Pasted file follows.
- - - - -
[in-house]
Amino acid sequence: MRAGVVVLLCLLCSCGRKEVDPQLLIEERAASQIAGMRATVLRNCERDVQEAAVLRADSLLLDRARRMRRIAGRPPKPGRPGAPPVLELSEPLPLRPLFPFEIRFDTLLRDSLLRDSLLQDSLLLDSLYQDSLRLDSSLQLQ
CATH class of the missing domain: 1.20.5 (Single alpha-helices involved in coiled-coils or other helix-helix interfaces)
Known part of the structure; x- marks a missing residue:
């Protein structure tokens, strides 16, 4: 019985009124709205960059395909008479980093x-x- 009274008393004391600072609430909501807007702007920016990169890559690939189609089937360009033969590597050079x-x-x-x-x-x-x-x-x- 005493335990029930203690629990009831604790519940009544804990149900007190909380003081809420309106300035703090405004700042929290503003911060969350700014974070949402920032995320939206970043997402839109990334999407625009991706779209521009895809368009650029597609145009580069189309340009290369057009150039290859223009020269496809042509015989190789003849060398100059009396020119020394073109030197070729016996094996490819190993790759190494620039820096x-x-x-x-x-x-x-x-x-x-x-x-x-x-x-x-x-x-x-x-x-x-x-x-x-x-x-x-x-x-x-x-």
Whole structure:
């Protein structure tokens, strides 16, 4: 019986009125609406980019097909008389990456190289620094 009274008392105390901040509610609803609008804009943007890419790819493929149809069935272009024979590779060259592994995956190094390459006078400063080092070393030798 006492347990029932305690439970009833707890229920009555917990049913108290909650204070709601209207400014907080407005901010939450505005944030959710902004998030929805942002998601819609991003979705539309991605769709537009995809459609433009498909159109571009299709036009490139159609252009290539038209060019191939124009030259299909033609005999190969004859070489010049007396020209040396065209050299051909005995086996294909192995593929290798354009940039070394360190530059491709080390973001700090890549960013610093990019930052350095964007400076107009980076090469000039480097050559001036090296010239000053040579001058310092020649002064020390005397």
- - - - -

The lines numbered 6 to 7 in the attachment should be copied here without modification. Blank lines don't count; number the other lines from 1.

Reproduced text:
Whole structure:
């Protein structure tokens, strides 16, 4: 019986009125609406980019097909008389990456190289620094 009274008392105390901040509610609803609008804009943007890419790819493929149809069935272009024979590779060259592994995956190094390459006078400063080092070393030798 006492347990029932305690439970009833707890229920009555917990049913108290909650204070709601209207400014907080407005901010939450505005944030959710902004998030929805942002998601819609991003979705539309991605769709537009995809459609433009498909159109571009299709036009490139159609252009290539038209060019191939124009030259299909033609005999190969004859070489010049007396020209040396065209050299051909005995086996294909192995593929290798354009940039070394360190530059491709080390973001700090890549960013610093990019930052350095964007400076107009980076090469000039480097050559001036090296010239000053040579001058310092020649002064020390005397």